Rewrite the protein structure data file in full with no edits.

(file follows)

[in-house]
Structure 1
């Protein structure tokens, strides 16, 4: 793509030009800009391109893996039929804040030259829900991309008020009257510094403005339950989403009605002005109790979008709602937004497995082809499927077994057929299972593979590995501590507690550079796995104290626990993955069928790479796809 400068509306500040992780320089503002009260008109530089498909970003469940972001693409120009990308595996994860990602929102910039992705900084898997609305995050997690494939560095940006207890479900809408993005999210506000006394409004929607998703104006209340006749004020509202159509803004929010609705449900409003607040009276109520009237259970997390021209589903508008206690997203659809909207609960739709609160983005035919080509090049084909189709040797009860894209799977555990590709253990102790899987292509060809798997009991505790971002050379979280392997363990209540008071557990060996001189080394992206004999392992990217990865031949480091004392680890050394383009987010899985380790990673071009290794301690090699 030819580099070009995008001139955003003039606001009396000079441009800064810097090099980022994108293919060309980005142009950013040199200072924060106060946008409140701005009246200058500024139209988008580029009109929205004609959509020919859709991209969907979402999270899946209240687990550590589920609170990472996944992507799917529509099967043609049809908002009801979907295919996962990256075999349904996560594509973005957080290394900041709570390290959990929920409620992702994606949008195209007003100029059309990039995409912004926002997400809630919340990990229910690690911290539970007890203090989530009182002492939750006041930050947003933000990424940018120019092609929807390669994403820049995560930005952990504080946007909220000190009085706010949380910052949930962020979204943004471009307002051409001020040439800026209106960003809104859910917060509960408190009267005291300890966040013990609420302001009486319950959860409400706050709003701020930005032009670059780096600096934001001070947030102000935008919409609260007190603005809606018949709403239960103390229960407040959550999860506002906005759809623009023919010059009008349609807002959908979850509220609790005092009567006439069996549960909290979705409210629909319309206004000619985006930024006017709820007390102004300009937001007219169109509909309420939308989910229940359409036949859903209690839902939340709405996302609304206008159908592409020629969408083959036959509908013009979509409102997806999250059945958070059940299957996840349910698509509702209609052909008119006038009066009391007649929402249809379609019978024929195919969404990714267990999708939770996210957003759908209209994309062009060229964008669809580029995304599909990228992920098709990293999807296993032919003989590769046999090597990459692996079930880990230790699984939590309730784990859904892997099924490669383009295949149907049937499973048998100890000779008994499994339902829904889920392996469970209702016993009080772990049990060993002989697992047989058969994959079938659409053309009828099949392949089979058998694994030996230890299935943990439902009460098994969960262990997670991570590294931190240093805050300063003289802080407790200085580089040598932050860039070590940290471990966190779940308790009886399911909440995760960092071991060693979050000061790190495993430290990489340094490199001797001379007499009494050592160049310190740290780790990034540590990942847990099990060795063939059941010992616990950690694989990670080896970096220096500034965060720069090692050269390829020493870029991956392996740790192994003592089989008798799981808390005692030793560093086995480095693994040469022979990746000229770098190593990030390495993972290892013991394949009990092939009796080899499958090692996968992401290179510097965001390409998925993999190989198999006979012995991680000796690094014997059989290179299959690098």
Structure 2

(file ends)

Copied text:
[in-house]
Structure 1
């Protein structure tokens, strides 16, 4: 793509030009800009391109893996039929804040030259829900991309008020009257510094403005339950989403009605002005109790979008709602937004497995082809499927077994057929299972593979590995501590507690550079796995104290626990993955069928790479796809 400068509306500040992780320089503002009260008109530089498909970003469940972001693409120009990308595996994860990602929102910039992705900084898997609305995050997690494939560095940006207890479900809408993005999210506000006394409004929607998703104006209340006749004020509202159509803004929010609705449900409003607040009276109520009237259970997390021209589903508008206690997203659809909207609960739709609160983005035919080509090049084909189709040797009860894209799977555990590709253990102790899987292509060809798997009991505790971002050379979280392997363990209540008071557990060996001189080394992206004999392992990217990865031949480091004392680890050394383009987010899985380790990673071009290794301690090699 030819580099070009995008001139955003003039606001009396000079441009800064810097090099980022994108293919060309980005142009950013040199200072924060106060946008409140701005009246200058500024139209988008580029009109929205004609959509020919859709991209969907979402999270899946209240687990550590589920609170990472996944992507799917529509099967043609049809908002009801979907295919996962990256075999349904996560594509973005957080290394900041709570390290959990929920409620992702994606949008195209007003100029059309990039995409912004926002997400809630919340990990229910690690911290539970007890203090989530009182002492939750006041930050947003933000990424940018120019092609929807390669994403820049995560930005952990504080946007909220000190009085706010949380910052949930962020979204943004471009307002051409001020040439800026209106960003809104859910917060509960408190009267005291300890966040013990609420302001009486319950959860409400706050709003701020930005032009670059780096600096934001001070947030102000935008919409609260007190603005809606018949709403239960103390229960407040959550999860506002906005759809623009023919010059009008349609807002959908979850509220609790005092009567006439069996549960909290979705409210629909319309206004000619985006930024006017709820007390102004300009937001007219169109509909309420939308989910229940359409036949859903209690839902939340709405996302609304206008159908592409020629969408083959036959509908013009979509409102997806999250059945958070059940299957996840349910698509509702209609052909008119006038009066009391007649929402249809379609019978024929195919969404990714267990999708939770996210957003759908209209994309062009060229964008669809580029995304599909990228992920098709990293999807296993032919003989590769046999090597990459692996079930880990230790699984939590309730784990859904892997099924490669383009295949149907049937499973048998100890000779008994499994339902829904889920392996469970209702016993009080772990049990060993002989697992047989058969994959079938659409053309009828099949392949089979058998694994030996230890299935943990439902009460098994969960262990997670991570590294931190240093805050300063003289802080407790200085580089040598932050860039070590940290471990966190779940308790009886399911909440995760960092071991060693979050000061790190495993430290990489340094490199001797001379007499009494050592160049310190740290780790990034540590990942847990099990060795063939059941010992616990950690694989990670080896970096220096500034965060720069090692050269390829020493870029991956392996740790192994003592089989008798799981808390005692030793560093086995480095693994040469022979990746000229770098190593990030390495993972290892013991394949009990092939009796080899499958090692996968992401290179510097965001390409998925993999190989198999006979012995991680000796690094014997059989290179299959690098």
Structure 2